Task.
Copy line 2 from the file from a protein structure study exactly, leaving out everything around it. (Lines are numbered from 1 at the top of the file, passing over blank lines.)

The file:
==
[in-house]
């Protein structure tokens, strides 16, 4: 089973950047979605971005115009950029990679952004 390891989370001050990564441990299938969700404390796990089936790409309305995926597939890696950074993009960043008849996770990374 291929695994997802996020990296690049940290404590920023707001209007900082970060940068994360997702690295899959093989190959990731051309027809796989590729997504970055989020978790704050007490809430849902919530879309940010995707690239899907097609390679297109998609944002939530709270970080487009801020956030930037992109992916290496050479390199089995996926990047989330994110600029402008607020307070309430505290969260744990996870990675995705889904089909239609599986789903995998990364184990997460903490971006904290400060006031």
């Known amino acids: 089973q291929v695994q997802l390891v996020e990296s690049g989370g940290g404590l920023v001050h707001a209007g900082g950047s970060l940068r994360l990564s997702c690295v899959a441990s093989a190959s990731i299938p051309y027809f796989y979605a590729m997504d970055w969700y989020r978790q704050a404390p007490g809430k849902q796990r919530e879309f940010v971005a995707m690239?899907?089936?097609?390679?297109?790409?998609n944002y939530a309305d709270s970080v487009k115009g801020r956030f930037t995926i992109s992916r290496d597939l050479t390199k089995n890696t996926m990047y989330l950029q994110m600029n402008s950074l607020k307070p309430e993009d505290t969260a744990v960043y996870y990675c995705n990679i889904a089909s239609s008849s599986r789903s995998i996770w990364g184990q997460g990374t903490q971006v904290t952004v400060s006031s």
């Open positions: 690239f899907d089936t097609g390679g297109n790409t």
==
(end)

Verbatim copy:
């Protein structure tokens, strides 16, 4: 089973950047979605971005115009950029990679952004 390891989370001050990564441990299938969700404390796990089936790409309305995926597939890696950074993009960043008849996770990374 291929695994997802996020990296690049940290404590920023707001209007900082970060940068994360997702690295899959093989190959990731051309027809796989590729997504970055989020978790704050007490809430849902919530879309940010995707690239899907097609390679297109998609944002939530709270970080487009801020956030930037992109992916290496050479390199089995996926990047989330994110600029402008607020307070309430505290969260744990996870990675995705889904089909239609599986789903995998990364184990997460903490971006904290400060006031």